It’s Buses and Bus Drivers We Need Not Bikes!

“Is it not time to stop trying to fix the broken bike

and look for another form of transport?”

This is a quote from letter to the editor of a Church Newspaper a few years ago that I have used in a number of documents because I think it is a useful analogy for one of the major issues facing the western church as it confronts its chronic missional failure.The point of the writer (whose name I have unfortunately forgotten) was that it is time to stop trying to fix up the missionally broken ‘bike’ of the traditional church and create new a model for church and mission i.e. ‘a new form of transport’ for the missional journey.

Tragically, in Australia there has been very little effort, into developing that ‘new form of transport’. On the contrary, there is significant opposition, if often passive, to anything innovative that might be likely to improve missional effectiveness. My sense of tragedy (and despair) was reinforced on reading the latest edition of the same church newspaper which was replete with enthusiastic reports of (allegedly new) Sunday-centric, In-Drag, Christendom Form (SIC) church model events and programs which have been missionally failing for decades (see

Then I recently came across an unreferenced quote in Professor Brian Cox’s book ‘Human Universe’ based on a BBC television program of the same name, which I think usefully relates to the ‘transport’ theme.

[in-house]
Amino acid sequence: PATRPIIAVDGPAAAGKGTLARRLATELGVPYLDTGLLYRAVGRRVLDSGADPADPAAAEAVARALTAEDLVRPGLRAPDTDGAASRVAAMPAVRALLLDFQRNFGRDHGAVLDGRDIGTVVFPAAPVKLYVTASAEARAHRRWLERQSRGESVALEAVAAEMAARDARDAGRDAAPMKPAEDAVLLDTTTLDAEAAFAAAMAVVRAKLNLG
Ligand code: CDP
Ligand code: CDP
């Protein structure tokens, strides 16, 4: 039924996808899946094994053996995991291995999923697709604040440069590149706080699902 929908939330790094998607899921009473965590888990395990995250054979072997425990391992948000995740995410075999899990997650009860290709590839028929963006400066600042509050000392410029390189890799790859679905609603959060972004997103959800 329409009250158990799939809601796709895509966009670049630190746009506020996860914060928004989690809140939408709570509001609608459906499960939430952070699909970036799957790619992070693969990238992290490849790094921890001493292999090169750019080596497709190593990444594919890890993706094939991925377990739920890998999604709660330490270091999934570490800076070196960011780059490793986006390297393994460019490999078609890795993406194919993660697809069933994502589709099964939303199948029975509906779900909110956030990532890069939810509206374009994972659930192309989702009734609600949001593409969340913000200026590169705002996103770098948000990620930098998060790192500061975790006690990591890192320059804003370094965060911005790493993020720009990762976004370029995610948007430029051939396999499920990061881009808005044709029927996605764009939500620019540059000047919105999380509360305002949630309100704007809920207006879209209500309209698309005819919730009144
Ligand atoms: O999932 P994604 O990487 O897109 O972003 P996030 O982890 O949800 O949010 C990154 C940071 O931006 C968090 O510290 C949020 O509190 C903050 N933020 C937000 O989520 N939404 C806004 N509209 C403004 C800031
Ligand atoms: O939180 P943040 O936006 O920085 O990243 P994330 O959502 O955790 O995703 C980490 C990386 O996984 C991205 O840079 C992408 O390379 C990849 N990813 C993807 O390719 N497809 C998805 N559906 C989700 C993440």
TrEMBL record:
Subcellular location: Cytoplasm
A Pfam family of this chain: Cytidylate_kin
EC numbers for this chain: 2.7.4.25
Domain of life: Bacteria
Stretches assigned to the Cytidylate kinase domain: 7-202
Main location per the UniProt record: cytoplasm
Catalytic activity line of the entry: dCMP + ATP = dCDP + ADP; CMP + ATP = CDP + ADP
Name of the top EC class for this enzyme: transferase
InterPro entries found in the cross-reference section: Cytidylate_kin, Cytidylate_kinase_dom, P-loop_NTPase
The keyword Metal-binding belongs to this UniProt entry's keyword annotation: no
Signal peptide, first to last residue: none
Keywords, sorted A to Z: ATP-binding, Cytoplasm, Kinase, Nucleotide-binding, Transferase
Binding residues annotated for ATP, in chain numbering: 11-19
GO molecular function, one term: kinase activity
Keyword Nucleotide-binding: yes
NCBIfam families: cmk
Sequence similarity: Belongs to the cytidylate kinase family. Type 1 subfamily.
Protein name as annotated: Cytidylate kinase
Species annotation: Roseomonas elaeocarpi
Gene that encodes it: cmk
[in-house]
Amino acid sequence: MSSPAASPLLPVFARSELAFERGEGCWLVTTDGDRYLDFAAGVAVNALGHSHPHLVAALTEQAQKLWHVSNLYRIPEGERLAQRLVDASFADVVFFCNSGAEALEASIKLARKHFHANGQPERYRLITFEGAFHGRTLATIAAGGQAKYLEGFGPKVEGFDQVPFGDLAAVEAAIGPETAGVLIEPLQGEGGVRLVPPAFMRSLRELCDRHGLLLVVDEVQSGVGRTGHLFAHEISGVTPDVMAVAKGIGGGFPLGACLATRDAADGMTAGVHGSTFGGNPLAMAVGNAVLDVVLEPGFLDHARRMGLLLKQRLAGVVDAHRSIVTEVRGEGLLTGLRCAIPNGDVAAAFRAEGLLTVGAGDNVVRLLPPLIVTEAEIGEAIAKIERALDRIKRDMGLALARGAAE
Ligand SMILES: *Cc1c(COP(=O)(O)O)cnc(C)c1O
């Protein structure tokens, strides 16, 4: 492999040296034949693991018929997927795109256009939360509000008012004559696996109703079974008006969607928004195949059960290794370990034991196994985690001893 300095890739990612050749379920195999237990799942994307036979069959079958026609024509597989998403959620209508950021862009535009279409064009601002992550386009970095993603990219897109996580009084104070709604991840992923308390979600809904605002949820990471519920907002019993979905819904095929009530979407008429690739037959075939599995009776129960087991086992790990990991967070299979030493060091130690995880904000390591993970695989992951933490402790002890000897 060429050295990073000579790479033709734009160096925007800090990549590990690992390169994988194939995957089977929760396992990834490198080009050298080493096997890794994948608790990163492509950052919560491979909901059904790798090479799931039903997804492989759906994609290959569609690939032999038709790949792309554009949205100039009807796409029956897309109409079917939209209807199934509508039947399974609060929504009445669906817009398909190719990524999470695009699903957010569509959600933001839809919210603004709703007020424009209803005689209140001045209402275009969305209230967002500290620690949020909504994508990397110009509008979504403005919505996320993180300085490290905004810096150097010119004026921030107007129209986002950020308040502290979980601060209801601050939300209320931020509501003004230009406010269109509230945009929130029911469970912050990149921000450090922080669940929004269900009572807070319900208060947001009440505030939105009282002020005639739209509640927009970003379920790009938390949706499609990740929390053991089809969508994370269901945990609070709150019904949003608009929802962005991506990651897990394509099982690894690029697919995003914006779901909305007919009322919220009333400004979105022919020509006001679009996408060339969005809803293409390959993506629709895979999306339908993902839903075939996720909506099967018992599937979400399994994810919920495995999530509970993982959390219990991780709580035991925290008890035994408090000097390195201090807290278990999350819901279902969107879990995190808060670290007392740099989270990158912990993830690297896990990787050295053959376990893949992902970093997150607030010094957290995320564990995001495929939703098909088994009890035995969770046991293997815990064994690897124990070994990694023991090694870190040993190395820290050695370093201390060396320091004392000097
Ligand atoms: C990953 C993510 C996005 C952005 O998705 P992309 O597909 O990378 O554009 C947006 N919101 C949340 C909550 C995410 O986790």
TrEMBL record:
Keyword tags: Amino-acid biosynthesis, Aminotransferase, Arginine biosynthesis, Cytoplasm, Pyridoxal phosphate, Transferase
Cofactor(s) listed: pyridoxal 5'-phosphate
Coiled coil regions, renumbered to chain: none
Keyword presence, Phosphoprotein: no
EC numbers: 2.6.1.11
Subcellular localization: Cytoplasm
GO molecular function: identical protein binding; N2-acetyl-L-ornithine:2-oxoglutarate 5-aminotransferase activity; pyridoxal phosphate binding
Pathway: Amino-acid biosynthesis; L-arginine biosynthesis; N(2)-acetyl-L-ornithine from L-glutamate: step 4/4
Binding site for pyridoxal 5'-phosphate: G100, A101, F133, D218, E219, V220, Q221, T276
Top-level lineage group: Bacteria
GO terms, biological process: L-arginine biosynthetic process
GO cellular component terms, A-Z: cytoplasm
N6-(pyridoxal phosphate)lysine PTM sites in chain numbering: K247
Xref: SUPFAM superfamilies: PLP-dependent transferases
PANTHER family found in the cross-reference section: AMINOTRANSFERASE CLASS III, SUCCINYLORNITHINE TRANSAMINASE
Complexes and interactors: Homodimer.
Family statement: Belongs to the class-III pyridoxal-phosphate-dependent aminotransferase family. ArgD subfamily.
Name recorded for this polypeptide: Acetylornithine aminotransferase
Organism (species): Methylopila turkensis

“We’ve woken up at the wheel of the bus and realised we don’t know how to drive it”

If we assume the metaphor of a ‘Bus’ for the ‘new form of transport’ needed for effective contemporary mission, then Cox’s quote is I think useful in highlighting another missional hurdle to be faced.

This hurdle is that even when there is a broad acceptance of the need for an ‘new form of transport’, that is a ‘Bus’ in place of the broken missional ‘bike’, and there is precious little sign of that happening anytime soon, even then there are very few who have the skills to drive it!  To put it another way, while there are many schools and colleges that train people to drive the existing broken missional bikes there are very few driving schools for ‘missional bus drivers’. In terms of the local missional task, the large number of existing ‘driving schools’ continue to train ‘drivers’ to drive ‘broken bikes’

The mainline churches have for a couple of centuries trained people to be missionaries overseas in pagan cultures, but have always, if sub-consciously, assumed that ‘ours’ is a basically ‘Christian’ country where there is no need for a ‘pagan mission’ approach. However, that has not been true for decades and is why our missional methods are like ‘broken bikes’- no longer fit for purpose.

So, among many others, there are two major blockages to improving our effectiveness in bringing unchurched people to Christ. Firstly, we continue to use, and train leaders for, an anachronistic ‘broken bike’ model of ‘church’ and associated chronically failing missional methods. Secondly there is little training available for ‘bus’ drivers! This despite the fact that for decades every set of church attendance/membership data that is produced has screamed out the fact that the ‘bike’ is broken.

Our prayer must be that our ever-patient God will be gracious to us and bring about the radical mindset change, both in church leaderships and memberships, that will turn the rapidly ebbing missional tide.

May it be so.


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